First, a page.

Every once in a while, someone at the flying field will comment on how high a model is flying. At the field I use this is a pretty big deal as the contract with the county stipulates we’ll maintain a 400 foot ceiling due to a nearby general aviation airport.
Model size has a lot to do with height estimation so I thought the How High from Wing Shadow would be a handy tool to have in my flight box.
The concept behind the How High is simple enough. You plug it into an open receiver channel or add a splitter and plug it into the open end to power the device. You mount the small circuit board with protruding LED out the side of a model and go fly. When the flight is over you point the LED at the brightest part of the sky and wave your finger across the LED casting a shadow on the circuit and the LED starts to flash out the altitude with a series of flashes with a pause between the hundreds, tens and units digits of the altitude. Pretty cool.
Unfortunately, I was never able to trip the LED and get a reading. After several flights I had tried sunny days, cloudy days, in the shade, in the sunlight and never got a flash back from the altimeter. Enter the See How. Since I was stumped by the How High and a gift occasion was on the horizon I let my wife know the See How was on my gift list. The See How is a small reader that allows the LED from the How High to be read directly with the result displayed on a small screen.
Armed with both the How High altimeter and the See How reader, it was off to the field. I mounted the altimeter in my Easy Glider Pro Electric. The How High is easy to mount and move in a foam airplane. The instructions discuss the various options but with the relatively thick foam walls around the canopy of my Multiplex models, I need only place it between the canopy rail and the canopy with the little LED sticking out a little. After the flight, I placed the See How over the LED and pushed the button. Presto, out popped the altitude on the display screen. No muss, no fuss. The reading showed that I had overestimated what 400 feet looked like with that model.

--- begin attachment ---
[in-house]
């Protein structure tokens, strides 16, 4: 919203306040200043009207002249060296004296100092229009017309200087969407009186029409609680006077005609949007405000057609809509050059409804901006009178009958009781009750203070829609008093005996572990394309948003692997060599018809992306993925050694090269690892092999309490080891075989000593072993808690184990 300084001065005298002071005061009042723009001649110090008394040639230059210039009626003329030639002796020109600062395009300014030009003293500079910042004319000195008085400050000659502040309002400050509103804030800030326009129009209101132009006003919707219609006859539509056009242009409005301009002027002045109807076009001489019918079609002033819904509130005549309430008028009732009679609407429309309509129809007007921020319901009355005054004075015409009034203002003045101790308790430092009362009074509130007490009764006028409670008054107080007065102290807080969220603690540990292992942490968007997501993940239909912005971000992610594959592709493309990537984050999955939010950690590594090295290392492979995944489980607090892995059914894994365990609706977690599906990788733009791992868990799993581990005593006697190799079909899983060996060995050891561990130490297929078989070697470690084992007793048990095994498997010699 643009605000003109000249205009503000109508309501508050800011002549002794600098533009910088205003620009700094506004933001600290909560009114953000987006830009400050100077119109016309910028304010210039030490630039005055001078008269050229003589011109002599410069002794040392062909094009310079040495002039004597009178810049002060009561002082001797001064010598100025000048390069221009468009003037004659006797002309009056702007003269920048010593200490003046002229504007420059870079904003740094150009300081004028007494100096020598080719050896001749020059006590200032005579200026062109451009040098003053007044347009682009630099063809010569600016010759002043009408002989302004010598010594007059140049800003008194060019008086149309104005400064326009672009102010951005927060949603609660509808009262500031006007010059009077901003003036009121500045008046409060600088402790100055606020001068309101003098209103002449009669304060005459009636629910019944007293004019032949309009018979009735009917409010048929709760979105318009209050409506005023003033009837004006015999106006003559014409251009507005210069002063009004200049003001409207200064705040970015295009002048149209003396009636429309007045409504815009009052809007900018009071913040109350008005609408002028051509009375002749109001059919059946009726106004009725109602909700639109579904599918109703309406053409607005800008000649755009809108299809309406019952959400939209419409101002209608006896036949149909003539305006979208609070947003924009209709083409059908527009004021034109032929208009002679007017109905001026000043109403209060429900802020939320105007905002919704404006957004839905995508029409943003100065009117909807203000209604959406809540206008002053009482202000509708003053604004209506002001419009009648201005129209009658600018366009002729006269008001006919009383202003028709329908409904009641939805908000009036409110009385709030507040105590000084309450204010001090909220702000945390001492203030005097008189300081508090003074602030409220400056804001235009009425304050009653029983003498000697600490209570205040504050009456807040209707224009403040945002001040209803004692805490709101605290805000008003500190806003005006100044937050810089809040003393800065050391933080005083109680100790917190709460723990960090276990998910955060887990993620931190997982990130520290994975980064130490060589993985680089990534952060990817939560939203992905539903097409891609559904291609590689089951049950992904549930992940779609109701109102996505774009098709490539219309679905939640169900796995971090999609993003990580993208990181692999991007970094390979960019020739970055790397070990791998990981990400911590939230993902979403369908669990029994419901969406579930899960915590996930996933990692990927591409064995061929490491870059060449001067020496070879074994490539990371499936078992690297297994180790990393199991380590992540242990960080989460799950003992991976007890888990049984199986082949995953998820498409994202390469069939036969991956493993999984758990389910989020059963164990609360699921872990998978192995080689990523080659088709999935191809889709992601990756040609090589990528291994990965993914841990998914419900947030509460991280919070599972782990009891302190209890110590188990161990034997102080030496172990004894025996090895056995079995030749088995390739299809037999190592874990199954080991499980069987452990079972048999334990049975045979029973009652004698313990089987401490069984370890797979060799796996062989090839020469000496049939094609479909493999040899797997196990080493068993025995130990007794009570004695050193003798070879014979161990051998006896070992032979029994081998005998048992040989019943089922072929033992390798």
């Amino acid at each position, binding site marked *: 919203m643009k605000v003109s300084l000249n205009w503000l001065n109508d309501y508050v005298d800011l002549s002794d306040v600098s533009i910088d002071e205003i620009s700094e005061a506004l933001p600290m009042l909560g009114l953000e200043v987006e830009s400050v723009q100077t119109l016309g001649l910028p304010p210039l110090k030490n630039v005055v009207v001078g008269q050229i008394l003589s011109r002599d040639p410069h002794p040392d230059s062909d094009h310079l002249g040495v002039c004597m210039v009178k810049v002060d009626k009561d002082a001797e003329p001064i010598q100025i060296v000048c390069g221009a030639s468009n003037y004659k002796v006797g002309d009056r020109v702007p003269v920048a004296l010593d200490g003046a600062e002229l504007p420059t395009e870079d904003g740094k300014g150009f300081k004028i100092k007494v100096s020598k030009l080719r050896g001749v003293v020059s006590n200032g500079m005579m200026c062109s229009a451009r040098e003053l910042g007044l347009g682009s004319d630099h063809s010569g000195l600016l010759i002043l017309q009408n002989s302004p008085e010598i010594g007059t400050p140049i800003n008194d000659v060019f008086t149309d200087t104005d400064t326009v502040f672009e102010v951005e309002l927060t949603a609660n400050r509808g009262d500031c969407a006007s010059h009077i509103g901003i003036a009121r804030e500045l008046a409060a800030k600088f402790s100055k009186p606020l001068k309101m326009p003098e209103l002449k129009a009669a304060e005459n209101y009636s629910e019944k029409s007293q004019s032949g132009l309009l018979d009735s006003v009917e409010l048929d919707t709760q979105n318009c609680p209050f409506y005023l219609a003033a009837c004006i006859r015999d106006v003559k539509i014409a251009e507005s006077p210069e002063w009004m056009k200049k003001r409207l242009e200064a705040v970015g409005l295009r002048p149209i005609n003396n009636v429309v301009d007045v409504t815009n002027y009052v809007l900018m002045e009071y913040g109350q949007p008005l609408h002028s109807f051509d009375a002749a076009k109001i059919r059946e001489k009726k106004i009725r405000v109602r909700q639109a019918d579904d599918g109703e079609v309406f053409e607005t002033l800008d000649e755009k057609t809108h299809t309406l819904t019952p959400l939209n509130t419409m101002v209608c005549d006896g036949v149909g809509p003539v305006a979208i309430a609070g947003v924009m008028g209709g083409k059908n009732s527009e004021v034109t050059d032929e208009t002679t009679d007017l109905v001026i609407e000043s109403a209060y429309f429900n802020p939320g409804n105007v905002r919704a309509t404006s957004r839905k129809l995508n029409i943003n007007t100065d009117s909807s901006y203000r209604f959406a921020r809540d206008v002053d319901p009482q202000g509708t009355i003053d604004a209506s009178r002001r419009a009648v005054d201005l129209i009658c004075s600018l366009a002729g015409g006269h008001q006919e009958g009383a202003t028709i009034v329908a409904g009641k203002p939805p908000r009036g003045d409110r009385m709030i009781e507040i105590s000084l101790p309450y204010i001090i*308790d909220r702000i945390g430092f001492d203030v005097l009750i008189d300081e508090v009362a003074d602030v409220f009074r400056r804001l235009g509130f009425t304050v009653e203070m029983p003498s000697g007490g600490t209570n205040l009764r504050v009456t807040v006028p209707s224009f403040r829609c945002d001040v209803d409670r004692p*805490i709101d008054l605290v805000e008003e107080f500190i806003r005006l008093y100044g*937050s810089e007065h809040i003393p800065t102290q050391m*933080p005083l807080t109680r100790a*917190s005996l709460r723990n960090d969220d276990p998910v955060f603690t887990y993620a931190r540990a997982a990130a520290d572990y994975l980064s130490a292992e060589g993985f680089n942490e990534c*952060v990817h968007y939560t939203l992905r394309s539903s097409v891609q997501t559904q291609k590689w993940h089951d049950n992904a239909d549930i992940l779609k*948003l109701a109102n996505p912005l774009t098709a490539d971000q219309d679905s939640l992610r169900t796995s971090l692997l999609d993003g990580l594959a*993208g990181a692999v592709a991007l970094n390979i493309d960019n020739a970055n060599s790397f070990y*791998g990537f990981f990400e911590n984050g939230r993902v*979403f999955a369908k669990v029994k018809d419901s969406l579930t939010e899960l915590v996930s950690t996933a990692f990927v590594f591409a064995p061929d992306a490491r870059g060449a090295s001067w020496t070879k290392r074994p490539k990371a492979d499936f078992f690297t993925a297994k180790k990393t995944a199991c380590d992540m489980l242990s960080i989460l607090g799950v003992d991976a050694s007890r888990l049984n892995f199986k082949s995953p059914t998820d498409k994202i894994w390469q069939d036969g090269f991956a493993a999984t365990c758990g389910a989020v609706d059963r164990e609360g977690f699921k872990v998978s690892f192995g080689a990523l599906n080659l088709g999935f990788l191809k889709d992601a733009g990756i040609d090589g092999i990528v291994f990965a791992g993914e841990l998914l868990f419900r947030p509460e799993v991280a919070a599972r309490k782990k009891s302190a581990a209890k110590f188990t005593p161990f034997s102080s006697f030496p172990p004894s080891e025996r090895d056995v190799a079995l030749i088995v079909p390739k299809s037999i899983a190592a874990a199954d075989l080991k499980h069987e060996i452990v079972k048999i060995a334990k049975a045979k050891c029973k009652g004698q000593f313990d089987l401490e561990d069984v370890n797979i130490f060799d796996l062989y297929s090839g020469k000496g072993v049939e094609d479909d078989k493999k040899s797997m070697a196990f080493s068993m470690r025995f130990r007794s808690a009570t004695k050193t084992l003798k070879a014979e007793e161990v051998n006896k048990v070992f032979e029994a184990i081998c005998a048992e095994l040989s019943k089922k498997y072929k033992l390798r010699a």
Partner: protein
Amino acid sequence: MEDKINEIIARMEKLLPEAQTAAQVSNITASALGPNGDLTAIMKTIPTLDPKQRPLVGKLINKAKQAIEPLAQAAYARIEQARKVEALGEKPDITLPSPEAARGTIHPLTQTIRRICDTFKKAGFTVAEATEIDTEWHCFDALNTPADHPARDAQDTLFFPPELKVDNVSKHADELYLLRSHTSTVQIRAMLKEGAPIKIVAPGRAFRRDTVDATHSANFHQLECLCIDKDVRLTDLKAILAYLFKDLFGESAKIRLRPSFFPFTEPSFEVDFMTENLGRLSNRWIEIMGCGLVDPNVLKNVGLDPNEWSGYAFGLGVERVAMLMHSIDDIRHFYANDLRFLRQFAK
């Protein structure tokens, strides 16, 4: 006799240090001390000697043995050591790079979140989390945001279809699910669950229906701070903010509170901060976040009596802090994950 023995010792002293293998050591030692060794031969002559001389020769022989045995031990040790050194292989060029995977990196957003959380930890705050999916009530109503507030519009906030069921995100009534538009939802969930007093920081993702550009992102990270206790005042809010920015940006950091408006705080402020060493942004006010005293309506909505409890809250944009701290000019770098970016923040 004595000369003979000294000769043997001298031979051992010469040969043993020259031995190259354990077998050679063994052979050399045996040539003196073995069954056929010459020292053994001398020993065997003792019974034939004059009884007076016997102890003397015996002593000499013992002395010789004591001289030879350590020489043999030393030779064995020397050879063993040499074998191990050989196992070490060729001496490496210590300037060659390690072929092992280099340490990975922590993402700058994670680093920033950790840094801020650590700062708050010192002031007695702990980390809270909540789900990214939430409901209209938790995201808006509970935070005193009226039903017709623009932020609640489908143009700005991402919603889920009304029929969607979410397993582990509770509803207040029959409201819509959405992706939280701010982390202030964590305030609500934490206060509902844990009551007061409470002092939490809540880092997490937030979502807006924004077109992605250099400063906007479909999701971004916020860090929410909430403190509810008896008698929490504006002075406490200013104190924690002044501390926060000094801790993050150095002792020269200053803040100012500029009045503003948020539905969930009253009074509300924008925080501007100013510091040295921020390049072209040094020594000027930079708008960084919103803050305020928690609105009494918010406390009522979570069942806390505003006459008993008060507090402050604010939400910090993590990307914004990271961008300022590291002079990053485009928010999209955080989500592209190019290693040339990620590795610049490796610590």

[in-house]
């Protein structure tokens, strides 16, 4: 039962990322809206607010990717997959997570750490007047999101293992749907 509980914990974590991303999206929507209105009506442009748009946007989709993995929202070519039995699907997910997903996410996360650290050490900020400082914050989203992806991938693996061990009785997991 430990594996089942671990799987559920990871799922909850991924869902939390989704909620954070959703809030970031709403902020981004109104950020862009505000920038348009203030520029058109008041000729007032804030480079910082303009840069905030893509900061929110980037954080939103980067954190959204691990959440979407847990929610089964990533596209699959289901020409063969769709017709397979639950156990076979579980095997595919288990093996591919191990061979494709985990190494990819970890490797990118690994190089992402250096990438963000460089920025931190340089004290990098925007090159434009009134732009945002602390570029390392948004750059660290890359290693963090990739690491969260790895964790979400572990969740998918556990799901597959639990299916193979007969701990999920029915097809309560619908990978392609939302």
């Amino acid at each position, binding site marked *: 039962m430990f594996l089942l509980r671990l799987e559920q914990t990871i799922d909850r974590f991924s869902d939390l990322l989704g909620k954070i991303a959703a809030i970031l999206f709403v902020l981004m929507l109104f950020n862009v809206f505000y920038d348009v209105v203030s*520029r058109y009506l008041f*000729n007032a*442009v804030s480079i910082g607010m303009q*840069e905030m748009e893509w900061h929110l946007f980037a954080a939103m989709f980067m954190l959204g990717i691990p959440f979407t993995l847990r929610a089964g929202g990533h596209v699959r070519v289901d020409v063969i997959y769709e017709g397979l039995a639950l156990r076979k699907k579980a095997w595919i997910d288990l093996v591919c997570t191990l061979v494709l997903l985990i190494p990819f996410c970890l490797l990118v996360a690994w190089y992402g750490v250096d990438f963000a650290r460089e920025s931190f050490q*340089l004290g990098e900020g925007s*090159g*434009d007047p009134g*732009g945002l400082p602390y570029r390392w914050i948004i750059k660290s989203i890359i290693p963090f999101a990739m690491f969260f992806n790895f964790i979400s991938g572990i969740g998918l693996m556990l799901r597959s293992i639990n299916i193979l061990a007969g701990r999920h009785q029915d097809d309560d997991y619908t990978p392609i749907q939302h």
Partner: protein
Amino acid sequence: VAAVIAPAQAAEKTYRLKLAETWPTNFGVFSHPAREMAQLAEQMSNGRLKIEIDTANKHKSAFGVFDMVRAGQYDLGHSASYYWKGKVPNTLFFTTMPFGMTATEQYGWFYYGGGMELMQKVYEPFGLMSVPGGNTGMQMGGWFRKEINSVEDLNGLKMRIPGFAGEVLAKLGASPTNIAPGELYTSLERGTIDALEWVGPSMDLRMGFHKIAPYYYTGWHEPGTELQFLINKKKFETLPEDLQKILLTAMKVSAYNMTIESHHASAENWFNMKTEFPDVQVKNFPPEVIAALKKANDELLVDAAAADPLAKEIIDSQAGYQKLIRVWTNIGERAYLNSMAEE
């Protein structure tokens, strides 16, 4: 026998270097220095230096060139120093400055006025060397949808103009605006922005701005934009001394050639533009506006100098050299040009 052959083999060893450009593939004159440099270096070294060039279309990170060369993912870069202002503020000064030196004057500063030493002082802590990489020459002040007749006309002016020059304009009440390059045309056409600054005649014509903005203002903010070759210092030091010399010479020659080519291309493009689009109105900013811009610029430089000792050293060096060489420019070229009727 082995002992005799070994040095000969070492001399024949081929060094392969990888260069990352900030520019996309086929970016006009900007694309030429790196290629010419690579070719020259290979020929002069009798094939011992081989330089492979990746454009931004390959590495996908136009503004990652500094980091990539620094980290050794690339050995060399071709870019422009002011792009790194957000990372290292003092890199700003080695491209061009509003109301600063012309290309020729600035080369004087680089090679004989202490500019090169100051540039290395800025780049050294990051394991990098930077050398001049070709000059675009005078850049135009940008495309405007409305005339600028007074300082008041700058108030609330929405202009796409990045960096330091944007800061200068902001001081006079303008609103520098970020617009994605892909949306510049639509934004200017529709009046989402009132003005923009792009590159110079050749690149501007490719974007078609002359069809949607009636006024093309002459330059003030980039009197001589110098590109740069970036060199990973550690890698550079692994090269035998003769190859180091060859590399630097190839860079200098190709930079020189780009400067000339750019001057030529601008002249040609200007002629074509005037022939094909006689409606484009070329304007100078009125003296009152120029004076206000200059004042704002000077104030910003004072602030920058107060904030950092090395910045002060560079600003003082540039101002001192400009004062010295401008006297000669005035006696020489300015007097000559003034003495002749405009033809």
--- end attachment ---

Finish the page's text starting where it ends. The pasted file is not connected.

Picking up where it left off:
Recently, Wing Shadow has updated the How High altimeter to include a watch-sized battery. With that, the need for a splitter or open receiver channel goes away as does the need to mount the device near the receiver. They also offer a small battery board and connector for the older How Highs. The new version of the How High is supposed to display its altitude report by cycling the power off and then back on. Obviously, I wasn’t the only one having difficulty with the finger wave method. Even then, after my frustration with the altimeter by itself, I would recommend getting both pieces together and saving you the aggravation. As a team they work great.
The See How adds some capability to the How High, as well. It is not only easy to get a clear reading of the output, but you can connect the How High to an empty channel on your receiver and take a “snapshot” of the altitude at that point by activating that channel. For example, if you have it plugged into the landing gear channel, activating the gear switch will trigger the reading. Without the See How, you’ll be limited to the max altitude reading. The See How also works with Winged Shadow’s How Fast airspeed system.
All in all, this is not one of those tools I used each time I fly. I do like to recalibrate my eyeballs to the clubs airspace ceiling from time to time, however. With the onboard power of the newest version, it is an easy tool to offer a friend who’s always pushing the altitude limit. Facts are hard to argue with.